- Personal Effects: Australia’s current car import laws allow people who are moving permanently to Australia to take their vehicle with them as part of their ‘personal effects’. Conditions do apply, but we’ve outlined all those for you later in this article.
Australia’s personal car import laws may look intimidating but a good car shipping company (like PSS) can take all the hassles out of shipping your car to Australia. In fact, we can even arrange it so that we pick it up at your door in the UK, and deliver it to your new door Down Under! All you have to worry about is getting yourself, and your family, there safely.
Is it worth importing a car to Australia?
Importing a car to Australia can be a viable option depending on your requirements. For example, it may be worth the investment to import a car you already own, and are familiar with, in order to avoid the hassle of getting accustomed to a new car in a new country on unfamiliar roads.
Additionally, if the cost of the same or a similar car in Australia is more than its cost in the UK with shipping and associated costs added, then it will be worth it. Then there’s the fact that your current UK car may not be available in Australia so if you particularly like it, you’ll have to take it with you.
On the other hand, there are some drawbacks to importing a car into Australia. It can be a long, complicated process, coming on top of all the other hassles involved in moving your family to a new country! That’s where we come in handy… Additionally, depending on the age of the car and the model, it may require modifications to ensure it is eligible for use in Australia.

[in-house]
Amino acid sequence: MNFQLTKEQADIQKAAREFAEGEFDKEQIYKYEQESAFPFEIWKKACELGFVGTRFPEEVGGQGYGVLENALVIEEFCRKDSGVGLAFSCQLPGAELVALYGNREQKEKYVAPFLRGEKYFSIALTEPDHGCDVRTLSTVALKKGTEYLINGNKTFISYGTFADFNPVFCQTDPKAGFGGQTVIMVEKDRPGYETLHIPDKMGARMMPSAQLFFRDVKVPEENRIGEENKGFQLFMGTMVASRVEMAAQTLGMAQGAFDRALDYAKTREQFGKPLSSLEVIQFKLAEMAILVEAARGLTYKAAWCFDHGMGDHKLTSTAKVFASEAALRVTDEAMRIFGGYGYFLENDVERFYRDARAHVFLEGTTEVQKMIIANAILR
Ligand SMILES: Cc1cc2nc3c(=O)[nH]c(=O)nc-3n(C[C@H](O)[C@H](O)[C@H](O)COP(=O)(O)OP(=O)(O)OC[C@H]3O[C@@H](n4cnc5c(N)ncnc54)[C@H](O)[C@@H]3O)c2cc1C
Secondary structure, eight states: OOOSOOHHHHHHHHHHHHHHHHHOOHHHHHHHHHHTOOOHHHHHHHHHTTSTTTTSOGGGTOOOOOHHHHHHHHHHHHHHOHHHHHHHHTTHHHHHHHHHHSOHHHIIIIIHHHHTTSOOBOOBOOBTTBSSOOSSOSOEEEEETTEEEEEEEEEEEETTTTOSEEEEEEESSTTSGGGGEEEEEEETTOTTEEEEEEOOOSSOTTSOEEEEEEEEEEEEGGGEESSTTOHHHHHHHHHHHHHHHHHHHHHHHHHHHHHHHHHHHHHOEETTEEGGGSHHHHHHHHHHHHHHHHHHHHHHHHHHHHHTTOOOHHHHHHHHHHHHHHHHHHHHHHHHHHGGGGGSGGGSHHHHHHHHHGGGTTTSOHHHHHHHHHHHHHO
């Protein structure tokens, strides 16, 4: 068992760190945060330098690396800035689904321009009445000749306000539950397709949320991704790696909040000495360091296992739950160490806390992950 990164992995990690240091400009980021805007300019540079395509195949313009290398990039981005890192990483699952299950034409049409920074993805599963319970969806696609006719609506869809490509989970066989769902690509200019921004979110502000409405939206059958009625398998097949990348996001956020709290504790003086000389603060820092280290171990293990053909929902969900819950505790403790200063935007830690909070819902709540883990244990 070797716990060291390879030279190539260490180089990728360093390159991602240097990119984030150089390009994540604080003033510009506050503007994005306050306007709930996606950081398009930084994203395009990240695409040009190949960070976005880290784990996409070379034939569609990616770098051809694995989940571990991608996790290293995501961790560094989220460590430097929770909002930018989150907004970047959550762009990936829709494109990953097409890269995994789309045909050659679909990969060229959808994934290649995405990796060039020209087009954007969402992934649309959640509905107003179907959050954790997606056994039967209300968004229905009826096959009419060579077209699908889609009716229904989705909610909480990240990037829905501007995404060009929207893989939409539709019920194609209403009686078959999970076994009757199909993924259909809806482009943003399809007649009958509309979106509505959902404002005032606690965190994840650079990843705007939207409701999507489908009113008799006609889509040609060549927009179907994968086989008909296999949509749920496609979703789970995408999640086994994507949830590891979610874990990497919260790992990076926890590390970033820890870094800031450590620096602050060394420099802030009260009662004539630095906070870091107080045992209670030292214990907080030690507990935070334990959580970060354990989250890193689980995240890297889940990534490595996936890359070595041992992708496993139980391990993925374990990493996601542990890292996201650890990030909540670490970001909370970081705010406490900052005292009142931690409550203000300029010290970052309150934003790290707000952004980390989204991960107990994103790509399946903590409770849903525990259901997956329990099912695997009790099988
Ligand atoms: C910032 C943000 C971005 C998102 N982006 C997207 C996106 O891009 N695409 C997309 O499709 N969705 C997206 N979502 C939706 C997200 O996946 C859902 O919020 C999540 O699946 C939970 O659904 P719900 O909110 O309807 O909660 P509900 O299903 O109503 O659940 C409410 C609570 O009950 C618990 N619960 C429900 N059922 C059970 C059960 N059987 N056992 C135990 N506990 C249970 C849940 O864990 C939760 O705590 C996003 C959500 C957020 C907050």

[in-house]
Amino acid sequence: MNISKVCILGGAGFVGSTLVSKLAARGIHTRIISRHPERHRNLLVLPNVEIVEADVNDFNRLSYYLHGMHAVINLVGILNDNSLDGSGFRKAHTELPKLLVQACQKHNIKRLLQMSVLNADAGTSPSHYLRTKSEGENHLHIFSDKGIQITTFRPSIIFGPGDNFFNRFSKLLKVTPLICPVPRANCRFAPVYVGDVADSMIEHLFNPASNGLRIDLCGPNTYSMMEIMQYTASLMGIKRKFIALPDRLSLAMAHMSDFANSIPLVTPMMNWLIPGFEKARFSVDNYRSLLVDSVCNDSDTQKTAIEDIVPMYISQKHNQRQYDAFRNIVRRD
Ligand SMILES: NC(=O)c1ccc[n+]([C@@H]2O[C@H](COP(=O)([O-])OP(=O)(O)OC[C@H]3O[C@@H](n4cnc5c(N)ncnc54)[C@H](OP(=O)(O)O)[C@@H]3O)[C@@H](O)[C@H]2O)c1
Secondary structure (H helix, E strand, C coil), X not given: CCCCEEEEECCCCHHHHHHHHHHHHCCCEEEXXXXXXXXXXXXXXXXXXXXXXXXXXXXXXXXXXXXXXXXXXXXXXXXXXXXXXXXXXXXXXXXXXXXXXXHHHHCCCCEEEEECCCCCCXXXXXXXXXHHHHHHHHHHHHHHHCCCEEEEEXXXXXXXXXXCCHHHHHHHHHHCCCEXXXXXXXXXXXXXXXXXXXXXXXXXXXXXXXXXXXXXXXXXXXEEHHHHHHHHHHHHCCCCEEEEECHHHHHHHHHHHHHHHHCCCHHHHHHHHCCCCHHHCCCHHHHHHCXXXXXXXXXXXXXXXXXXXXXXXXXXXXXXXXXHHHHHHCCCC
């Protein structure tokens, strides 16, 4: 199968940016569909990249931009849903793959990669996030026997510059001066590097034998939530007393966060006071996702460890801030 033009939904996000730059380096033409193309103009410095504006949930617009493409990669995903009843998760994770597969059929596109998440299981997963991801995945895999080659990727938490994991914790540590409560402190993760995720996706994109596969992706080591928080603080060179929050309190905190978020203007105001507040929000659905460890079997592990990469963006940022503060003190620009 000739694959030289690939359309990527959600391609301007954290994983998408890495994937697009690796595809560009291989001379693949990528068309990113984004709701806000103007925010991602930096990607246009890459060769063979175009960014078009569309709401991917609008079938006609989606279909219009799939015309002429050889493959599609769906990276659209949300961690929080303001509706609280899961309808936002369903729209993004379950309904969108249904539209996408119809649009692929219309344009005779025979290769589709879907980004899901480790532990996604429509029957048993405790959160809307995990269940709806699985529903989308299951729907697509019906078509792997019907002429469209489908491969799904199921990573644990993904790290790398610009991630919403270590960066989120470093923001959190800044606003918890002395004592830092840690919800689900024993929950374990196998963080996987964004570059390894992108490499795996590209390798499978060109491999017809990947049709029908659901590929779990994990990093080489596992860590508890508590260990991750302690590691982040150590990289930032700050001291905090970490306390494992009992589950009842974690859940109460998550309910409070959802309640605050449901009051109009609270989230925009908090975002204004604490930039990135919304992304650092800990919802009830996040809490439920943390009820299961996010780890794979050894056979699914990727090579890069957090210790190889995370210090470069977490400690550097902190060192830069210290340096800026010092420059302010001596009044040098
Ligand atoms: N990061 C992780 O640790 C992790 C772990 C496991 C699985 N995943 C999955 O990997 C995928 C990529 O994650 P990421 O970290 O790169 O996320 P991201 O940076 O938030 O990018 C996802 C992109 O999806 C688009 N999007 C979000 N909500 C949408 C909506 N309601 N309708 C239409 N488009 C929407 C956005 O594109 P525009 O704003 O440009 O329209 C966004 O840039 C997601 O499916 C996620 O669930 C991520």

Understanding Australian car import laws
Australia has a unique and complex personal car import scheme. The scheme is designed to ensure that only vehicles that meet certain standards and have been inspected and approved by the Australian government, can be imported into the country. Here is a summary of the main things you need to know about Australian car import laws:
- You must be intending to ‘remain indefinitely in Australia’ and must meet certain eligibility requirements before you’ll be granted approval to bring your UK car with you. We go into these in more detail later.
- The Australian Department of Infrastructure, Transport, Regional Development, Communications and the Arts (DITRDCA) controls the importation of all motor vehicles into Australia. NB: DITRDCA was previously the Department of Infrastructure, Transport, Regional Development and Communications (DITRC).
- All road vehicles being imported into Australia require a DITRDCA-issued entry approval permit. Off-road vehicles also require entry authorisation from DITRDCA stating they are off-road vehicles and not eligible for RAV inclusion (more on RAV further down).
- It is an offence to import any type of vehicle into Australia without DITRDCA approval of some type. The fine for doing so is over AU$13,000 plus potential destruction or re-export of your vehicle.
- Under the Personal Effects Pathway (previously the Personal Car Import Scheme (PCIS), which is probably what you’ll be using, you can only import 1 road vehicle every 5 years.